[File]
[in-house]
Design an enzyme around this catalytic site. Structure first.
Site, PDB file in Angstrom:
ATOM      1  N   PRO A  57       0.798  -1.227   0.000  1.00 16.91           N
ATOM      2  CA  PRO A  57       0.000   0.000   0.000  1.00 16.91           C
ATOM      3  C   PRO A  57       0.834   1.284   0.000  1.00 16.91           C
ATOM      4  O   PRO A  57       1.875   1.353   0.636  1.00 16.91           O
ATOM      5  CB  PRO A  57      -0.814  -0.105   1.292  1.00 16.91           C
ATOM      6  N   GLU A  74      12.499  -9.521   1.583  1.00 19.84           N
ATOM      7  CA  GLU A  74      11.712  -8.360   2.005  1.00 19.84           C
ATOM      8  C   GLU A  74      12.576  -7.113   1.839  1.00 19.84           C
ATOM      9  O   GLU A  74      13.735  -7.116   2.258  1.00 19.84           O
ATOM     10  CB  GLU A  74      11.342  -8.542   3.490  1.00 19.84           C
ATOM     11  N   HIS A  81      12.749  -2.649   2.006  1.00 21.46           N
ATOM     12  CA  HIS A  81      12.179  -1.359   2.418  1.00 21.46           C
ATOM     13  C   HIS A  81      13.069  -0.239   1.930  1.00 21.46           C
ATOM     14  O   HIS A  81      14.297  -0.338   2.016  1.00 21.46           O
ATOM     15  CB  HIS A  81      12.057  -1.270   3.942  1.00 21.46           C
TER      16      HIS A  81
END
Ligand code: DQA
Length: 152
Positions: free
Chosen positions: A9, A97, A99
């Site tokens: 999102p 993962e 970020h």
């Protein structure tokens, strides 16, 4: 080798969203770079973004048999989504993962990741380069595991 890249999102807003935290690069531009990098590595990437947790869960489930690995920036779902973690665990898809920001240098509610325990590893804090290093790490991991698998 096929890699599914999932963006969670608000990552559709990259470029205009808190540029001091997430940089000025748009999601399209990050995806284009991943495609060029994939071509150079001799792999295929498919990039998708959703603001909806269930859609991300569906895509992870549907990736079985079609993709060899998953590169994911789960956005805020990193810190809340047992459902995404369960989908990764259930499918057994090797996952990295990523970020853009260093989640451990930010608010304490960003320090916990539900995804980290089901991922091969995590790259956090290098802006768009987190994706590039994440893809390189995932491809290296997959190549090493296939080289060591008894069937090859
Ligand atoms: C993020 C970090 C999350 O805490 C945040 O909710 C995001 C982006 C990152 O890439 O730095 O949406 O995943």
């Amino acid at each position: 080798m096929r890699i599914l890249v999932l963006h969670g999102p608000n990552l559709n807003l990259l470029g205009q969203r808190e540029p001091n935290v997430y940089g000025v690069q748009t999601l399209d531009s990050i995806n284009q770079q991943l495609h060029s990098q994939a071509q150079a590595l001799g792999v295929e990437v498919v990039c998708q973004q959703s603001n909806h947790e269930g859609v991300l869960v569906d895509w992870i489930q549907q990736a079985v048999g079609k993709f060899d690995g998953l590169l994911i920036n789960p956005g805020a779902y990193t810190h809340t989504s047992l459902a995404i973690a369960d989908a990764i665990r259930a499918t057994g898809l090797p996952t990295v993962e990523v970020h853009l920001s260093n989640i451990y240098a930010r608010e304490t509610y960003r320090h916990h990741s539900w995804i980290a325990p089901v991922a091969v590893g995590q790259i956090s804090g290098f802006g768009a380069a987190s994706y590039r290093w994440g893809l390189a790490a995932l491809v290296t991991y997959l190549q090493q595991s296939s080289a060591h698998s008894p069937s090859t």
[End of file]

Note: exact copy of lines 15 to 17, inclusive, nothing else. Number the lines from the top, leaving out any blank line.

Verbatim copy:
ATOM     12  CA  HIS A  81      12.179  -1.359   2.418  1.00 21.46           C
ATOM     13  C   HIS A  81      13.069  -0.239   1.930  1.00 21.46           C
ATOM     14  O   HIS A  81      14.297  -0.338   2.016  1.00 21.46           O